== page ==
Meet Cambridge’s first black female graduate | #WeAreCambridge

Meet Cambridge’s first black female graduate | #WeAreCambridge

October 18, 2019 1 By Stanley Isaacs


My mother was Gloria Cumper. She was
born in Jamaica 1922 as Gloria Carpenter. She came to England to school
and attended the Mary Datchelor School in Camberwell, a grammar school, because
teacher’s in Jamaica thought she got too many answers right, they thought
she was cheating. So my grandfather who’d earnt some money in Panama, building the
canal, sent his daughters to be educated in England. During the war she went to
Canada in order to get her first degree in law which did at the University of
Toronto. And then only almost exactly as the war finished she sailed for England and
came to Cambridge in order to do her LLB. Which she did, got a starred first,
she didn’t tell us that, we had to find out for ourselves and then was called to
the bar at the Middle Temple. But going back to Jamaica no law firm
would take her on, so she then had to forge another career and then apart from being
a tutor at the University of the West Indies and launching people like Derek
Walcott, you know that kind of artist. She then served on the
nursing council, she served on probation, she served on the library board
all of them as chair, changing the legislation but I think the two main things
that she did that I think she was most proud of; one of them was changing
the Bastardy Act, we had the old Victorian Bastardy Act, which meant that men didn’t
have to acknowledge their illegitimate children. She changed it so they had to,
it caused a lot of furor but I thought it was one of the things
she was most proud of. The second thing was setting up the family court so there was
no longer an antagonistic process of getting support for your children but
there was a court in which there was a part for mediation, there was a part for
rulings. I think those two things were among the things she was most proud
of but she masses of voluntary work in all sorts of areas and I think to some
extent used her legal talents, she drafted all kinds of legislation but I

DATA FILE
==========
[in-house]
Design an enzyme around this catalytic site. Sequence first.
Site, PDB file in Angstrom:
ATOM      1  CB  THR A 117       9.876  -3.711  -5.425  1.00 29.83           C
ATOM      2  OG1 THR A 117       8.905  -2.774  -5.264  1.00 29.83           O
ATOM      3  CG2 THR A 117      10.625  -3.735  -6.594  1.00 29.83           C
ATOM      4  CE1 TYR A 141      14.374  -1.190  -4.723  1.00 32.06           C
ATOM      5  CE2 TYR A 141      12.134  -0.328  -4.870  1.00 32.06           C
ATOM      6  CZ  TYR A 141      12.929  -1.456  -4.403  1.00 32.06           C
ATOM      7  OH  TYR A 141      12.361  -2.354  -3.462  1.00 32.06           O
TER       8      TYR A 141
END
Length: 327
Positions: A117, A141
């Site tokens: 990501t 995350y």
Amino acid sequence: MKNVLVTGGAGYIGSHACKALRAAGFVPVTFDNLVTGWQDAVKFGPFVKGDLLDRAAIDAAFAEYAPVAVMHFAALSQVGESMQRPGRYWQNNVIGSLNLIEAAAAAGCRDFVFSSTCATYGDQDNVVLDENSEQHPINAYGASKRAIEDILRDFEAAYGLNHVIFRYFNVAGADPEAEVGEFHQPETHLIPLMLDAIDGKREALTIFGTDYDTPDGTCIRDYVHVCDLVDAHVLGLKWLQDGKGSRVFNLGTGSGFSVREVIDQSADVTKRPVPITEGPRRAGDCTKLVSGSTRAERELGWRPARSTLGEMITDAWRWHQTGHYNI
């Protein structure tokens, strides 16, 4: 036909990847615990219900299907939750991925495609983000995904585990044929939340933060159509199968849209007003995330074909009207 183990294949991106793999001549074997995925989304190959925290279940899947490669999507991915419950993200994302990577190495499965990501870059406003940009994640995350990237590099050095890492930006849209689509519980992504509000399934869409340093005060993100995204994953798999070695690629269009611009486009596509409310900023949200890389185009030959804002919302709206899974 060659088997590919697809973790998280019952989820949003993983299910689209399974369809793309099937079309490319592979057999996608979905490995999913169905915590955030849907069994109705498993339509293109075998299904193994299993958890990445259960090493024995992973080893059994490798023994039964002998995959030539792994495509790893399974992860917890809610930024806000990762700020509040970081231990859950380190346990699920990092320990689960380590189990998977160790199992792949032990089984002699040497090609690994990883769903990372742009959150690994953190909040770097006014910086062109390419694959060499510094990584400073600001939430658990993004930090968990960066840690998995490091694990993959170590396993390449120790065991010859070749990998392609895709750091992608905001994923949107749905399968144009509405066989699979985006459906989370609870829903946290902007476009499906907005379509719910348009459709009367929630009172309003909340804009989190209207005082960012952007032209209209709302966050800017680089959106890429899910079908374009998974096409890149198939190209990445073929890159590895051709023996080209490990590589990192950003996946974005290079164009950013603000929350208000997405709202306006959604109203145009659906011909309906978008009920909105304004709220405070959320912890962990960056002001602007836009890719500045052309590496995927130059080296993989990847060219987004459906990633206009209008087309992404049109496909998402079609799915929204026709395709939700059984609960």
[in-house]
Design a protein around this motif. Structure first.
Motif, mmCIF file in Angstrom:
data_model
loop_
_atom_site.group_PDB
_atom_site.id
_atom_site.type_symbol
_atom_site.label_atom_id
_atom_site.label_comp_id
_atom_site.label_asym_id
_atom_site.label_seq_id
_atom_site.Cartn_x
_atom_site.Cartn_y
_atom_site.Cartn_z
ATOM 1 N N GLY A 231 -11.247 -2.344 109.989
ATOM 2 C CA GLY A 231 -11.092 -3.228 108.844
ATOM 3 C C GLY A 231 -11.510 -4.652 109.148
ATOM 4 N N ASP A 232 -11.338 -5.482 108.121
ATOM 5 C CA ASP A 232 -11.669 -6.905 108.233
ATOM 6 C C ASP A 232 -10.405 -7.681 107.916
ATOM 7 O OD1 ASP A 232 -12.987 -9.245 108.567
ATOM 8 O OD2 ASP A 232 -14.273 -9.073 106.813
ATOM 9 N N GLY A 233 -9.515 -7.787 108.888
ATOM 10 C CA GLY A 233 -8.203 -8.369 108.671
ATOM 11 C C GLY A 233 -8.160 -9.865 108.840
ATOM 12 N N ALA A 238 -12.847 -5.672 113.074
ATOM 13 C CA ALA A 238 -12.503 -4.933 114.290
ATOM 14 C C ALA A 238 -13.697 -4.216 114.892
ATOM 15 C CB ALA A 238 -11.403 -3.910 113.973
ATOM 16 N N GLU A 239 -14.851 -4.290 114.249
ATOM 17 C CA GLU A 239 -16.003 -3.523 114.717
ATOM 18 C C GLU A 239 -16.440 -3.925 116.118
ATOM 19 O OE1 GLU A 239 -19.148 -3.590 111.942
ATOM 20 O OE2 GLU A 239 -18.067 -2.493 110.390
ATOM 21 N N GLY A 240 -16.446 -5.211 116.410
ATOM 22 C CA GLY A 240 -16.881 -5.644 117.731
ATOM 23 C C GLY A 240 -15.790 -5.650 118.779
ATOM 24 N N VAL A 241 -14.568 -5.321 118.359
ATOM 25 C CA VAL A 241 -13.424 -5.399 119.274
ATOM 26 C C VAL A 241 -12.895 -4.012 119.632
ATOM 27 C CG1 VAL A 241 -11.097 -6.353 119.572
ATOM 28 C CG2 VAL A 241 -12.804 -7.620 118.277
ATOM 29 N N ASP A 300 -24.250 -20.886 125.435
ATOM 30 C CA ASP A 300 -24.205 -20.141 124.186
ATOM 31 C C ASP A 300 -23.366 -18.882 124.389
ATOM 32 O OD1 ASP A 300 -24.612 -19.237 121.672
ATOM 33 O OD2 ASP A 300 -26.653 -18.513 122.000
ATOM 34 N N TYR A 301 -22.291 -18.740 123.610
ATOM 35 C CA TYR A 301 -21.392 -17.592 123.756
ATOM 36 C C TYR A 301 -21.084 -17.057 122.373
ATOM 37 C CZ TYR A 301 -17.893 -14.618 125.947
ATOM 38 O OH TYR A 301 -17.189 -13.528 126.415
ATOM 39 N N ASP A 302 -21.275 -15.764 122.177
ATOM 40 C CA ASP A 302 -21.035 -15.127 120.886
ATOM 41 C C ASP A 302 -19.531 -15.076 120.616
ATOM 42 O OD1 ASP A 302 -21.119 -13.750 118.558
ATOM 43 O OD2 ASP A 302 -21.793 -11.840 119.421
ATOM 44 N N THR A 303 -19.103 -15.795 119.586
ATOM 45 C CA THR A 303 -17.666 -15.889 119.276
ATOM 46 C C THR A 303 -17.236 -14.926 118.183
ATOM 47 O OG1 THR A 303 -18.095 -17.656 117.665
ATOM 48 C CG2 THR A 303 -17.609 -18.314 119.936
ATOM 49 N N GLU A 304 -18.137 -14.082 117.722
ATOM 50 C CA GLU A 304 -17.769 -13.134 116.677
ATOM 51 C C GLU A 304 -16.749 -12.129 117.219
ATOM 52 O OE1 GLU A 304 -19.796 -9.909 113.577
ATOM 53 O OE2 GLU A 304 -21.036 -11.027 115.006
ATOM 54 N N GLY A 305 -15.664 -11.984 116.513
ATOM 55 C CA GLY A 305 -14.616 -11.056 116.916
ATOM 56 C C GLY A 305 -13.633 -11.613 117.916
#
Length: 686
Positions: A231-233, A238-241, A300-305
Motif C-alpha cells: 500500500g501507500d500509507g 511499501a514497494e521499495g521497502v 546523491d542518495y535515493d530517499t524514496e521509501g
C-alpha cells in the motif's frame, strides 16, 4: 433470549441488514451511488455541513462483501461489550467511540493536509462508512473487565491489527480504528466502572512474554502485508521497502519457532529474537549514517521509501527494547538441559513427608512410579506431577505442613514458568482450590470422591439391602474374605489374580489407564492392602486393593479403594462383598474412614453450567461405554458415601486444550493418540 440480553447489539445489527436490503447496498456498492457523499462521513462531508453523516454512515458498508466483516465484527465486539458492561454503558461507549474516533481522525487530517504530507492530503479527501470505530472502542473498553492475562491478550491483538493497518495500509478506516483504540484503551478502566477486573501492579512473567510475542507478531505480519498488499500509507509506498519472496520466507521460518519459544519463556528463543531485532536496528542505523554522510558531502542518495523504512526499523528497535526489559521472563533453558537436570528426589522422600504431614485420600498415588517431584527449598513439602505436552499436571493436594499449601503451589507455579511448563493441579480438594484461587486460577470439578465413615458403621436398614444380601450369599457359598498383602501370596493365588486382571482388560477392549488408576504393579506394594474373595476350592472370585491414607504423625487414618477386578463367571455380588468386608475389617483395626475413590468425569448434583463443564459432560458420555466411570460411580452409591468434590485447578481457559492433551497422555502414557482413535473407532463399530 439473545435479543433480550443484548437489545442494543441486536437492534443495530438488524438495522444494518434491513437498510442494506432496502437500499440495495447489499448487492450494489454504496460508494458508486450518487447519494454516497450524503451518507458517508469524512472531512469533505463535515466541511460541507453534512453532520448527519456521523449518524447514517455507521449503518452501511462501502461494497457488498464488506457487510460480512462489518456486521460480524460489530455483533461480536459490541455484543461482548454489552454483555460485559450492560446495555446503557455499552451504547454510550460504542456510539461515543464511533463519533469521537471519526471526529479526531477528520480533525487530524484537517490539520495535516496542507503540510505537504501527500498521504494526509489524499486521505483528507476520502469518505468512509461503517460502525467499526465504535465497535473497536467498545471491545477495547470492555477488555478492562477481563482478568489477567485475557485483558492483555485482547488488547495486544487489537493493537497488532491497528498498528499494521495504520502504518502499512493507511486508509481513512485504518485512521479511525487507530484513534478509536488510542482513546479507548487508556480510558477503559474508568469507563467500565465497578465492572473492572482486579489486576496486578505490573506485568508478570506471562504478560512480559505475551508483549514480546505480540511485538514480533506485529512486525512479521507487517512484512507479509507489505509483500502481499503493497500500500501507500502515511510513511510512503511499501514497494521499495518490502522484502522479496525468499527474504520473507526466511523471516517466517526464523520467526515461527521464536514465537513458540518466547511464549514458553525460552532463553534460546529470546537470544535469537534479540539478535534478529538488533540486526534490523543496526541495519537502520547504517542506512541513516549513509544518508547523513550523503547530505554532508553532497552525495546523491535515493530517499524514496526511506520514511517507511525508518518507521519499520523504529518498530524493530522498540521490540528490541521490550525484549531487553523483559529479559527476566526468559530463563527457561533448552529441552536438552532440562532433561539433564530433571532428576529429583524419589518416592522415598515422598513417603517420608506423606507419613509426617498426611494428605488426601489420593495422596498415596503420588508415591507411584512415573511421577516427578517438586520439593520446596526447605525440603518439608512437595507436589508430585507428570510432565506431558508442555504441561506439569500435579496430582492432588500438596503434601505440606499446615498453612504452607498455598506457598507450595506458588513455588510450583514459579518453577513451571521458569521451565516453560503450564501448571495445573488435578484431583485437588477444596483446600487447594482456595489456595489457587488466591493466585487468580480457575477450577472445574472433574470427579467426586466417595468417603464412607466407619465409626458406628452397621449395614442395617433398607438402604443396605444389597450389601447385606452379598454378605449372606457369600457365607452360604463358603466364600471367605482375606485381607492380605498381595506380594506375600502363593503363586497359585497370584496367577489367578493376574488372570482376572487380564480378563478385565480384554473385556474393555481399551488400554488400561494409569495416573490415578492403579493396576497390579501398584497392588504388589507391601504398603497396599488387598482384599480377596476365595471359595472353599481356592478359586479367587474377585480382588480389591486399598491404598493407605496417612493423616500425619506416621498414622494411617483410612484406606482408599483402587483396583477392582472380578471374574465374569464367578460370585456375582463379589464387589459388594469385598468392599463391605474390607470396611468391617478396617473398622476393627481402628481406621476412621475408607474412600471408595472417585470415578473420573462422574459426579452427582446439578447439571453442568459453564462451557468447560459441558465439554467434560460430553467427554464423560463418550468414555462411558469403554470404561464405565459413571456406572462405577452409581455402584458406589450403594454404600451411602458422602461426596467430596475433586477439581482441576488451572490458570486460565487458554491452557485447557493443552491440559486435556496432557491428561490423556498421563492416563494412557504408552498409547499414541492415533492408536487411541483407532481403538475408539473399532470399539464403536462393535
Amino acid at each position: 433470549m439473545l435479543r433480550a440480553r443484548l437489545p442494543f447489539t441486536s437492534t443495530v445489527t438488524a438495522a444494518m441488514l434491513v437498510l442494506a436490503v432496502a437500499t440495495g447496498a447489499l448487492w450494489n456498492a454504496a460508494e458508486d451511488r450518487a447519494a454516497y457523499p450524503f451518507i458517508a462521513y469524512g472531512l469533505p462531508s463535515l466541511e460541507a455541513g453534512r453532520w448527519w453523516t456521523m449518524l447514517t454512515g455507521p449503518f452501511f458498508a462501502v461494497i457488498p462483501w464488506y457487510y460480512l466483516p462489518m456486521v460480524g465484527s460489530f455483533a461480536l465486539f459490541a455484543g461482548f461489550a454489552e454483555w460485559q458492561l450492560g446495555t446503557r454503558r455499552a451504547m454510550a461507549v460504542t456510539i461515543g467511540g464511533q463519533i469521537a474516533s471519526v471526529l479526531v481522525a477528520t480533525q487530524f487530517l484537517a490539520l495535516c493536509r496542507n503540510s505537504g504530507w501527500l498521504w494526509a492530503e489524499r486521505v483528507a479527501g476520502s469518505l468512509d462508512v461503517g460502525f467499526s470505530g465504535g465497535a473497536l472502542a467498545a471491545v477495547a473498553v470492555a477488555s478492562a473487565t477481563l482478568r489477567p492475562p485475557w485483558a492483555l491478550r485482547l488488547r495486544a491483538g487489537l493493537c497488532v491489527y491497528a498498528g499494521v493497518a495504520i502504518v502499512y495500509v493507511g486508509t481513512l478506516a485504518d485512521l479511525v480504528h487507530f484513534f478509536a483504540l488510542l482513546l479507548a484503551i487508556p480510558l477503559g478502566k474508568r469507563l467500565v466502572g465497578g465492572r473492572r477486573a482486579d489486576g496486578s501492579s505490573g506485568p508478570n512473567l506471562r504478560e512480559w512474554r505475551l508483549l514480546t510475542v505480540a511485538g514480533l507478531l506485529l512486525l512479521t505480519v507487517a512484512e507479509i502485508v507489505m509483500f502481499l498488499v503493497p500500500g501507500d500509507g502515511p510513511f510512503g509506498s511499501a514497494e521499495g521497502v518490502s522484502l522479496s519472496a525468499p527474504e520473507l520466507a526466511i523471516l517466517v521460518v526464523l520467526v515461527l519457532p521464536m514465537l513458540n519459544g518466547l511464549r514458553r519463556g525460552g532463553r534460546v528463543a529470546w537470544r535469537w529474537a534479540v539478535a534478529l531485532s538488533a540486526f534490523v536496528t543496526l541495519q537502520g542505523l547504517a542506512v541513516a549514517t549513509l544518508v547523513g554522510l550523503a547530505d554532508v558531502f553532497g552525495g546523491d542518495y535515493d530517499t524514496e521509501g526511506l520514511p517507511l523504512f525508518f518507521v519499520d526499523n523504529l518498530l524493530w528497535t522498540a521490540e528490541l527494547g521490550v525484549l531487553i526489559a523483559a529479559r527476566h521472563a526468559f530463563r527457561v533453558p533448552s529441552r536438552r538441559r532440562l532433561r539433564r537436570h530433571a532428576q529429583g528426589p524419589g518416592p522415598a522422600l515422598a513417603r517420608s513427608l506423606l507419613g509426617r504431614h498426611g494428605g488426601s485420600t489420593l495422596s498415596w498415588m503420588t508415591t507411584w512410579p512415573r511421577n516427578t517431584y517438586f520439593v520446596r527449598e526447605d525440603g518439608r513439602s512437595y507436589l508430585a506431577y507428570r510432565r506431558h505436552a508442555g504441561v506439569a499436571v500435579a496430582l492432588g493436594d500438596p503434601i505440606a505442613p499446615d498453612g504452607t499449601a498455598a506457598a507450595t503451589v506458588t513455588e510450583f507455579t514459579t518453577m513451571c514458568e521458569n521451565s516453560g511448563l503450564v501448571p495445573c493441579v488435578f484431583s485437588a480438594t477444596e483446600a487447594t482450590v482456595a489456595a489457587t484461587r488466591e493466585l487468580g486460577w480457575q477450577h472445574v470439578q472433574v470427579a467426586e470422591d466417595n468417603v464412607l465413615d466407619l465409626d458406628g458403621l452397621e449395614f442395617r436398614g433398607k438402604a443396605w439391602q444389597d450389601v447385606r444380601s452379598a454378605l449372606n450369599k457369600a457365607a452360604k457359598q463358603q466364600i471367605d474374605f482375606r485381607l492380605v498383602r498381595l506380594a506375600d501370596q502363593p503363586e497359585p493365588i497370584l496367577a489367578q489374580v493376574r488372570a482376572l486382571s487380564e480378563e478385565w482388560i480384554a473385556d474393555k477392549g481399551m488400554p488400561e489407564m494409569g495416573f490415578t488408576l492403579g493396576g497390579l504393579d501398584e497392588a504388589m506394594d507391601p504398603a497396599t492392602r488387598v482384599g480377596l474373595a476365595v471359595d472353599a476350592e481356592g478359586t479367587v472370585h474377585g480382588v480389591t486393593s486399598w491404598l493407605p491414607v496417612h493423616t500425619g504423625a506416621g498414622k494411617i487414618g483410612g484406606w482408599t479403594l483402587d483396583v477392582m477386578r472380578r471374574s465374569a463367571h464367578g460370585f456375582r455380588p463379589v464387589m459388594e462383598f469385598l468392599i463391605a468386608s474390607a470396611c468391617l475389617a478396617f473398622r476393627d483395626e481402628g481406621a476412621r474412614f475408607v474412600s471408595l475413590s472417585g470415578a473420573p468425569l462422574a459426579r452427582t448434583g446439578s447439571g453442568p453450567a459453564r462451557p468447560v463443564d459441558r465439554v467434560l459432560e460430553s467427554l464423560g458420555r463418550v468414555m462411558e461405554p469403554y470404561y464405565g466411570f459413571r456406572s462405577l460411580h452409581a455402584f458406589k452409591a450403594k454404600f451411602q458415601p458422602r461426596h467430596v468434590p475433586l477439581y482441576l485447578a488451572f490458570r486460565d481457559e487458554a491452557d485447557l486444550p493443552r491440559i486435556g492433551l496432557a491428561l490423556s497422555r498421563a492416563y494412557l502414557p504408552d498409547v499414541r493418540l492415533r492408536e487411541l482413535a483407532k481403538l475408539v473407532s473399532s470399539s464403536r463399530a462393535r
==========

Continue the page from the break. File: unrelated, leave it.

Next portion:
think born 50 years later she would have probably
rather have done more. So it’s been 70 years since women
in Cambridge first got their degrees. The first black woman Gloria Carpenter,
she went to Girton College, I go to Girton. She was the first black woman
to get her degree. Cambridge University African-Caribbean
Society (ACS), we’re all here today to celebrate that and just focus on the
legacy that these women have left to women like us because 71 years ago
none of us would be here getting degrees! I think she would’ve been absolutely delighted
to see that photograph of all these students, who’re comfortably there and are
owning their space there. I think she will be tremendously proud and that she
was part of that legacy I think would also have made her you know feel
terribly proud of what she did. She told us a couple of stories about what life
is like at Girton. Particularly that her clothes were much fancier than the ones that were
people wearing here because of course things were rationed here so a lot of her
friends want to borrow her clothes. Then my grandmother in Jamaica was very
enterprising, she always sent a rum-soaked Christmas cake,
salted eggs, she sent food because she swore that my mother was starving. So
whenever packages would arrive for my mother she again became very popular. The whole
business of race was not difficult for her because she was married to an Englishman, eventually. But also she didn’t want to acknowledge
it as a major sort of handicap but it was really clear with the relationships
with my father’s family, her husband’s family that it was it was difficult and